Under certain conditions, you may be eligible to have your criminal record sealed or expunged in Florida. The public (including private employers) cannot see your criminal record if it is sealed, but most government entities can. Without a court order, not even a government entity can examine or access criminal records if they have been expunged.
In many circumstances, you are not required to reveal an arrest if your records have been sealed or expunged.
If you have ever been found guilty of a crime in Florida, you cannot have your record expunged or sealed, regardless of how long ago the conviction occurred or where it occurred (out-of-state convictions also make you ineligible).
A request to have your Florida criminal records expunged (or sealed) must be filed in the court where you were arrested or convicted. According to Florida statutes, a sealing or expungement can fully erase the event from your record. An expungement seals and eliminates the arrest charges and case records. The records are sealed, making them inaccessible to the public.
We take care of your case from beginning to end, from basic research through court representation. The vast majority of the time, you are not required to appear in court. In Florida, there is a variety of post-conviction relief options.
Both sealing and expunging a criminal history record provide you the option of denying that you were ever arrested. These records are no longer accessible to the public in both cases. Criminal records that have been expunged are literally destroyed. The public is not allowed to see sealed records.
A distinction must also be made between sealing and expunging a Florida criminal record:
Sealing prevents the majority of people from seeing the information; documents are rendered confidential but not deleted.
Allows for the physical destruction of the incident's public records as if it never happened, although fingerprints and DNA are not destroyed. Even if a record is sealed, it can still be accessed by law enforcement, the judicial system, or when trying to buy a firearm or work for an organization that helps the elderly or children.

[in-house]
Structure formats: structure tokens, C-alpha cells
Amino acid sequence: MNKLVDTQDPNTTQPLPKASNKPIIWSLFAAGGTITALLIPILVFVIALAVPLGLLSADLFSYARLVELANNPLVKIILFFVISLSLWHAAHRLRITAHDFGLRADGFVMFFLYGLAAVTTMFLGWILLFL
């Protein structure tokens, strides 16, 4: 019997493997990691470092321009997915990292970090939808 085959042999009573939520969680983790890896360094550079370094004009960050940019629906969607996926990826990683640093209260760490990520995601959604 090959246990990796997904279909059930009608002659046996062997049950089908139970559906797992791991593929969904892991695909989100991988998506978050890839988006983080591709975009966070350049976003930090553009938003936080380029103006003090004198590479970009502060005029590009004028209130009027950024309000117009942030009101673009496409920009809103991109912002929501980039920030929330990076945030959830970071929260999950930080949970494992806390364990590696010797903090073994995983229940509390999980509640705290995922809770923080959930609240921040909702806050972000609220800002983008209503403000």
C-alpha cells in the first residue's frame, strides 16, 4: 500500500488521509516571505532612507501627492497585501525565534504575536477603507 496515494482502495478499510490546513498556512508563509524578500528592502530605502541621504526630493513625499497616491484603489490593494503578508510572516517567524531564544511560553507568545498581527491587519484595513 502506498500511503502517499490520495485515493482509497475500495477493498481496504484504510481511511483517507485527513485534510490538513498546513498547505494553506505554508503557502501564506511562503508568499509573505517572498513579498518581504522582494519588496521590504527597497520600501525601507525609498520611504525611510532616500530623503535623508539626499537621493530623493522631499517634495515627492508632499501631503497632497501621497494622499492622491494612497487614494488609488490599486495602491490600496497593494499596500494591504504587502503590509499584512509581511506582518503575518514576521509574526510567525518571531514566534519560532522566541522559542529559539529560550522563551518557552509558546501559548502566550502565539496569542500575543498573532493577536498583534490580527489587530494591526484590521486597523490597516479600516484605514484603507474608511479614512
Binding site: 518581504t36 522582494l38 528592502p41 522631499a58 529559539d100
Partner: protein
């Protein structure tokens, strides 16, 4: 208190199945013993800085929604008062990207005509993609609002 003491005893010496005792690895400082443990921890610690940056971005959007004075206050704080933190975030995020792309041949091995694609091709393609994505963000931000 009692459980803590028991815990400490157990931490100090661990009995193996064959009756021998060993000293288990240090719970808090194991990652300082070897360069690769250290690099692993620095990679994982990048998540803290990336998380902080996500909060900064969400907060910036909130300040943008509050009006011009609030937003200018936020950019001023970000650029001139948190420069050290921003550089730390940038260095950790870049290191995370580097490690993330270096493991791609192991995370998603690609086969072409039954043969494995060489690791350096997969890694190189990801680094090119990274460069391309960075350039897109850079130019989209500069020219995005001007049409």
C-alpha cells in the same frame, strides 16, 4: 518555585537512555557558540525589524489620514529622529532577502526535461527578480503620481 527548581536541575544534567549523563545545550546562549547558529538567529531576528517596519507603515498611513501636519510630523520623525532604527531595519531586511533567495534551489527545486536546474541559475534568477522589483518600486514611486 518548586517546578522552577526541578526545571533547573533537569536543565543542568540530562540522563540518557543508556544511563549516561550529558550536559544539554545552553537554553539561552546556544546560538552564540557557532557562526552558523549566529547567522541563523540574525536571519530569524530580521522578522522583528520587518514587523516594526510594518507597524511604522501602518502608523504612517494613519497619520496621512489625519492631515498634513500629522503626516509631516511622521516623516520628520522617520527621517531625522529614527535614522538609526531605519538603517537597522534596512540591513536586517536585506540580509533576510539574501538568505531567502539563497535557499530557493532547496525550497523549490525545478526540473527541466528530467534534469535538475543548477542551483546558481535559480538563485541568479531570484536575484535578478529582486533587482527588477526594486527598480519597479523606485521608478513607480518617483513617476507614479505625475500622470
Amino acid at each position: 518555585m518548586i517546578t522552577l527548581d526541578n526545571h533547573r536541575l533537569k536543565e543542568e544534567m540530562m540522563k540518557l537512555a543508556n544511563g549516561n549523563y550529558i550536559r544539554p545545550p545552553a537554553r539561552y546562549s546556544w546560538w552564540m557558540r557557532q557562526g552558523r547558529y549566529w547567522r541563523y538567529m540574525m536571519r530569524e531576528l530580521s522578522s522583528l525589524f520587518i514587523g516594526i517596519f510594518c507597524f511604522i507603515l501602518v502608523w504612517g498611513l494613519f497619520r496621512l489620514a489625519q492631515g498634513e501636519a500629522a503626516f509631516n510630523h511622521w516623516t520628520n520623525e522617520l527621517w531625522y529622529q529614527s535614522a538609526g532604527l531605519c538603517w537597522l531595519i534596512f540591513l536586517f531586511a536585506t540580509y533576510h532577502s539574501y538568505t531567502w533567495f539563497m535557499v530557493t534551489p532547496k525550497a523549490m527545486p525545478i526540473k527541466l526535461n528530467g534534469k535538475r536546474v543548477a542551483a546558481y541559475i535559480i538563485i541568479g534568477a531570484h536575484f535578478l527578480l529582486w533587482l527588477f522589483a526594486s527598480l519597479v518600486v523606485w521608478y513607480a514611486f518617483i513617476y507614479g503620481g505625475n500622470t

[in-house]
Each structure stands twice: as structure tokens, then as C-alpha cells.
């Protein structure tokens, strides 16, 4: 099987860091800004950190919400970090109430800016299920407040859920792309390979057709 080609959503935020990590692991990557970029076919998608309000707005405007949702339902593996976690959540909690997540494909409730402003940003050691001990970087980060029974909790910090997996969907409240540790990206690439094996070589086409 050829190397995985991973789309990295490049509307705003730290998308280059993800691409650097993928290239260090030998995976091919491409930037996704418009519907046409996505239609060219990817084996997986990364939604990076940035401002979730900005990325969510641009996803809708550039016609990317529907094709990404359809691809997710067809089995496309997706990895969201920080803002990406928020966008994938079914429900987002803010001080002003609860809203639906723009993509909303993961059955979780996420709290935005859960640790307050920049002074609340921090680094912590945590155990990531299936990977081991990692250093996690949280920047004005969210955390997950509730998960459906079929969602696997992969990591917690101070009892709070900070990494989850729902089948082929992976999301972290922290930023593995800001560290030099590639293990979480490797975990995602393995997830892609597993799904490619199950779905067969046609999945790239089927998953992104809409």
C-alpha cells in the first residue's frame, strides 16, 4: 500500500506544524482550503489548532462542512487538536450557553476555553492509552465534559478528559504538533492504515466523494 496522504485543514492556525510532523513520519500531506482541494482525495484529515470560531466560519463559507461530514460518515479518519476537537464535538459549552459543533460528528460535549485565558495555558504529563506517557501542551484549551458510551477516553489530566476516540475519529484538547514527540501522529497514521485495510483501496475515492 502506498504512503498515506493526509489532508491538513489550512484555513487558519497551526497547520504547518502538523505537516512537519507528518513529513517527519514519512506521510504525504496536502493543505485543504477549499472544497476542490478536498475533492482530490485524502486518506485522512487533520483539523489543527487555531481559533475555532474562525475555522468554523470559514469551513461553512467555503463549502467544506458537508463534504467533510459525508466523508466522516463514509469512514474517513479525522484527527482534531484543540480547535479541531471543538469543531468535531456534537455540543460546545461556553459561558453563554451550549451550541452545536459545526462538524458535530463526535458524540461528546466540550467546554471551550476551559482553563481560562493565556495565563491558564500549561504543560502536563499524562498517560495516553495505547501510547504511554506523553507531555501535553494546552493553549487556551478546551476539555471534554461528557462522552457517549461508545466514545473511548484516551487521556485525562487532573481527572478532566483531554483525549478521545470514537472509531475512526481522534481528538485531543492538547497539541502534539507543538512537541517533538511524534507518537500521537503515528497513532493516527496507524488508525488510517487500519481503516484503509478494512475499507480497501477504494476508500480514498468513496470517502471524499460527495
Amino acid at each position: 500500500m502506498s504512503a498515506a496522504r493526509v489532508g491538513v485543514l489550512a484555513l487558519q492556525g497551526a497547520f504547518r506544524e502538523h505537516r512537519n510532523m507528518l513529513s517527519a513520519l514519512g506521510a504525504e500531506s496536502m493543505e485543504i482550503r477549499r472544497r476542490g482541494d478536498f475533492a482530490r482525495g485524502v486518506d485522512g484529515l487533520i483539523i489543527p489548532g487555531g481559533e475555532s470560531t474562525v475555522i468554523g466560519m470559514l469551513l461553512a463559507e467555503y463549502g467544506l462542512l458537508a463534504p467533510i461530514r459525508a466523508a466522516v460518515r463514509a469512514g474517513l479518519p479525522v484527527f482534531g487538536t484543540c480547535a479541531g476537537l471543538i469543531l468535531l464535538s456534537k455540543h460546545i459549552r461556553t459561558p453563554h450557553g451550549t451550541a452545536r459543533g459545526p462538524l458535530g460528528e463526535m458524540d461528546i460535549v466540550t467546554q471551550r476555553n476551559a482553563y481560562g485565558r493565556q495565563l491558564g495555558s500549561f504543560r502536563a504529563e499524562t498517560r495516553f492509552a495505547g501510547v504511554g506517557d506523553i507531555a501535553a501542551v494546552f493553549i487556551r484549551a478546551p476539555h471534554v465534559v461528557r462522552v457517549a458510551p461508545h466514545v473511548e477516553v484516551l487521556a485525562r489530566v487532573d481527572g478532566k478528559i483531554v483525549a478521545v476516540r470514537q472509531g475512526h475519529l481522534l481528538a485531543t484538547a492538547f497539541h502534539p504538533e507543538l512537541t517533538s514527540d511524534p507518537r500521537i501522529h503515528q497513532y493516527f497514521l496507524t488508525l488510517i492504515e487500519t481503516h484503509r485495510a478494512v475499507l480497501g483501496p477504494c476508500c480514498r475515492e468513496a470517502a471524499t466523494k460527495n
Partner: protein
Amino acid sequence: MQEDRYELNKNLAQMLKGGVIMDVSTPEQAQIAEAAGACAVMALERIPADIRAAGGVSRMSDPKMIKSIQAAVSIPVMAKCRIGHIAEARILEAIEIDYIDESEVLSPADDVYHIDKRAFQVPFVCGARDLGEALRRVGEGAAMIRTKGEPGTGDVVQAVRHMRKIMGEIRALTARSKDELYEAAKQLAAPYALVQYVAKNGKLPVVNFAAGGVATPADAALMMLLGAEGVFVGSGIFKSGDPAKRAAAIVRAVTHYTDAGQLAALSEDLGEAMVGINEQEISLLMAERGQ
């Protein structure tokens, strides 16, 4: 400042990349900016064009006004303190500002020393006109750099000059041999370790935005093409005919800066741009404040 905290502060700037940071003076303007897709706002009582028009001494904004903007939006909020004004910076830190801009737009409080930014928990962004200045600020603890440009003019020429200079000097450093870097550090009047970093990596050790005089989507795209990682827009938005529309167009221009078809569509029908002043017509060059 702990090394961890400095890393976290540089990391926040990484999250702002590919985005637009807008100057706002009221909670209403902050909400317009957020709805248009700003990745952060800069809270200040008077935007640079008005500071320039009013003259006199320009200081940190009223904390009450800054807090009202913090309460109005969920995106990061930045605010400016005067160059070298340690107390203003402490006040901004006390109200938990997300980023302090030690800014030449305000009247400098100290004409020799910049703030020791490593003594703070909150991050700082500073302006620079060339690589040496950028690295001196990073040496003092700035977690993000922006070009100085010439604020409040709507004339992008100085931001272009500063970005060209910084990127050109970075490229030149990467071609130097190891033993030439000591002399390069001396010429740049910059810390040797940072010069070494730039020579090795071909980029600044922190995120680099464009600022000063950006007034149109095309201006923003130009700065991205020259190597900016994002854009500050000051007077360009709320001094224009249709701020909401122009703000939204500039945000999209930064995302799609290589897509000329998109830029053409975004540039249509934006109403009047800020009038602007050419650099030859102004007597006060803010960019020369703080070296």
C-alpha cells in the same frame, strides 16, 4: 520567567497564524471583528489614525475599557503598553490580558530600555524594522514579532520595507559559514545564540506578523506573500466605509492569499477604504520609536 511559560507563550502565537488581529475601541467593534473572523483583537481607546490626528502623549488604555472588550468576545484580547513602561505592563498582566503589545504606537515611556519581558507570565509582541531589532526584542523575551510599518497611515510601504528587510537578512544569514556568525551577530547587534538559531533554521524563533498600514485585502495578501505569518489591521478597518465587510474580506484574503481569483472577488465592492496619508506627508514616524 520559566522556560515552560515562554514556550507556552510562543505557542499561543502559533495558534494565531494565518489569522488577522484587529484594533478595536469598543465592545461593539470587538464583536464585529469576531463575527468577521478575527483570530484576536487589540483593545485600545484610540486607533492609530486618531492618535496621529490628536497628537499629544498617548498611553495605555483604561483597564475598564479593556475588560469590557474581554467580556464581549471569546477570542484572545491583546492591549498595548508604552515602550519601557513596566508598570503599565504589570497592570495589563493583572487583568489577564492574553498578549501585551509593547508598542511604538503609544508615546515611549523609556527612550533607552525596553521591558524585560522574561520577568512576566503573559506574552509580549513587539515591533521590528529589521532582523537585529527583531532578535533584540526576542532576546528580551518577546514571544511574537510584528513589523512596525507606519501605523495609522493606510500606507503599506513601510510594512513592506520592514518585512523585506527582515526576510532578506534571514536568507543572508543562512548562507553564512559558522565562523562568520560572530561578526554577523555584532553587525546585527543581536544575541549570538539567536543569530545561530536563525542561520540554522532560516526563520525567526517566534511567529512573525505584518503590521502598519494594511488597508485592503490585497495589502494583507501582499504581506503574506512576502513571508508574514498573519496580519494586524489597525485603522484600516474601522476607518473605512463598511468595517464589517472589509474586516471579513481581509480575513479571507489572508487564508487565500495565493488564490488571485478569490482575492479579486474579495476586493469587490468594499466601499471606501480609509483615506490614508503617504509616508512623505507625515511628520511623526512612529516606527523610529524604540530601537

If you pled guilty to a criminal offense and adjudication was withheld, your record can be sealed; but, if you were adjudicated guilty (convicted), your record cannot be sealed or expunged.
On average, it takes five to seven months to accomplish a Florida record sealing or expungement. The length of time is determined by several factors:
Once your record is expunged in Florida, you will become eligible to apply for your dream job, the apartment, certification, or licensing you want, and will finally be able to claim your life back. Firms in Florida can charge an upwards of $2000 for an expungement. At Erase The Case, we have flat fee of $1000, but if you start today you can save 25% off. We offer the best pricing and plans, and will take care of the entire process in less than half the time. With our state attorneys, we will ensure all necessary forms have been completed and the process has been expedited. You can find yourself back at square one if you don't seek competent legal advice. This isn't something you want to leave to a novice.
Although you can try to seal or expunge your record without contacting an experienced lawyer, doing so may save you energy, money, and stress. We make every effort to complete the process as swiftly as feasible.
In Florida, there are several options for sealing and expunging criminal records, including:
An administrative expungement is granted when an arrest is made as a result of a mistake or error, such as:
Adult criminal records can be expunged if they meet the following criteria:
The Florida Department of Law Enforcement (F.D.L.E.) makes mistakes from time to time, and a person with no criminal history could end up with something on their record. If this is the case, we can begin the process of expunging the record.